Tuesday, March 1, 2011

Day 50: Here We Go Round the Committee Chambers, at Two O'clock in the Afternoon (or whenever)

Today is the 50th day of the 82nd regular session of the Texas legislature. The House reconvenes at 10 am, the Senate at 11.

Three House committees will hold hearings today on bills that could improve the lives of queer Texans:
  • The Criminal Jurisprudence Committee will hear HB 172 by Veasey (D-Fort Worth), which would require the state to study the effectiveness of the James Byrd Jr. Hate Crimes Act, at 10:30 am or when the House finishes their business for the day. More info HERE.
  • The Human Services Committee will hear HB 130 by Alvarado (D-Houston), which would create a statewide bullying hot-line, at 2:00 pm or when the House finishes their business for the day. More info HERE.
  • The Public Education Committee will hear HB 24 by Guillen (D-Duval, Starr, Webb and Zapata counties) which would allow school administrators to address cyber-bullying and HB 224 by Strama (D-Travis county), which proposes a four-fold approach to fighting bullying (requiring training for teachers, staff, volunteers and students; allowing for the transfer of bullies from their victims classes/campuses; allowing school administrators to address cyber-bullying and requiring schools to compile reports on bullying), at 2:00 pm or when the House finishes their business for the day. More info HERE.
If you would like to watch any of these hearings you may do so on the House website HERE. Be forewarned, the House Administration Committee apparently thinks it's 1998 and so broadcasts committee hearings using RealPlayer, which is notoriously buggy. Expect your window to crash on a regular basis. (I suppose this is an improvement over the House Human Services Committee which seems to think it's 1898.)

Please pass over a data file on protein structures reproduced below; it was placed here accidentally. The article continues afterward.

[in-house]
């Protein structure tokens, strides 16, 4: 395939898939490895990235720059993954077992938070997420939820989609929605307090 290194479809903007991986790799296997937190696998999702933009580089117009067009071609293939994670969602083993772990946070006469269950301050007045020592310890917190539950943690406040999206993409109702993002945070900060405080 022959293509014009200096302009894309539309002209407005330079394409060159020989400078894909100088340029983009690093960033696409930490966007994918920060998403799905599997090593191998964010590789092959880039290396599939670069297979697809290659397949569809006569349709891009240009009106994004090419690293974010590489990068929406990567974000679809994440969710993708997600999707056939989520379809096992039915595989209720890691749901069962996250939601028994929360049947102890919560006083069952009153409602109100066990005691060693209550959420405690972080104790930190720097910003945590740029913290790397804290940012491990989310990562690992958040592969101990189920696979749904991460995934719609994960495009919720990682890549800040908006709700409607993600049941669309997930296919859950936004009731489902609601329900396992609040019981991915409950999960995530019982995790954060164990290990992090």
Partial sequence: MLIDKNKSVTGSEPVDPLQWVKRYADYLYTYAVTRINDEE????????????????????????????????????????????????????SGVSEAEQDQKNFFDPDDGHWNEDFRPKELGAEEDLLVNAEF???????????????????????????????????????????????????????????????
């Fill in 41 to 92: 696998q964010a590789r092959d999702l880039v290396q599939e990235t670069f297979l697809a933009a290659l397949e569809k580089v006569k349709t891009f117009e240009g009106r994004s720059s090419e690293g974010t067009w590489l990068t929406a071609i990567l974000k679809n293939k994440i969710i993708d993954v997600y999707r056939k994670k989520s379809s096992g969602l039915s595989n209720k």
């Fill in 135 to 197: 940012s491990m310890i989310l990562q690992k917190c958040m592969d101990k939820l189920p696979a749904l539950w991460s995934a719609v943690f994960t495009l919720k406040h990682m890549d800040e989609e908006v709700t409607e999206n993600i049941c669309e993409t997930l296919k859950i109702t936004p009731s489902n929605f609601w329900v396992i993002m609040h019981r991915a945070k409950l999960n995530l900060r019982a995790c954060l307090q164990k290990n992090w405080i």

The bills will be "laid out" in committee: Each bills author will get up, explain what the bill does, and say why they think it should become law. Members of the public will then have a chance to tell the committee why they think the bill should or should not become law. Finally the bill's author will get to make a closing statement on the bill and the bill will be left "pending" in committee until the committee chair decides to call for a vote. Committees rarely vote on bills the same day they are heard, usually waiting at least a week to take a vote.

The Dallas Voice reported yesterday that Rep. Strama will offer a committee substitute to HB 224 (read Legislative Queery's response HERE). House committees are charged with studying bills and making recommendations to the whole House about whether those bills should become law. The recommendation is called a "committee report". A committee substitute replaces the proposed bill with another bill on the same topic. It is included in the committee report which is then sent to one of the House's five "calendars committees" (different calendars committees handle different kinds of bills). The calendars committee then places the bill on the House schedule for consideration. If there is a committee substitute when the bill is brought up for discussion on the House floor the first order of business will be to approve the committee substitute as a replacement for the original bill. It is not until the whole House votes to "take up" the substitute that it officially replaces the bill.

Chuck Smith, Deputy Director of Equality Texas, posted a link to the proposed committee substitute in the comments section of the Dallas Voice article. He writes that:
"ALL members of our Texas Safe Schools Coalition support the committee substitute language, including Equality Texas, Transgender Education Network of Texas, and the GLBT Issues Committee of the National Association of Social Workers-Texas. "
The Texas Safe Schools Coalition is a group of lobbying and community organizations that have come together to advocate for legislation designed to address bullying.

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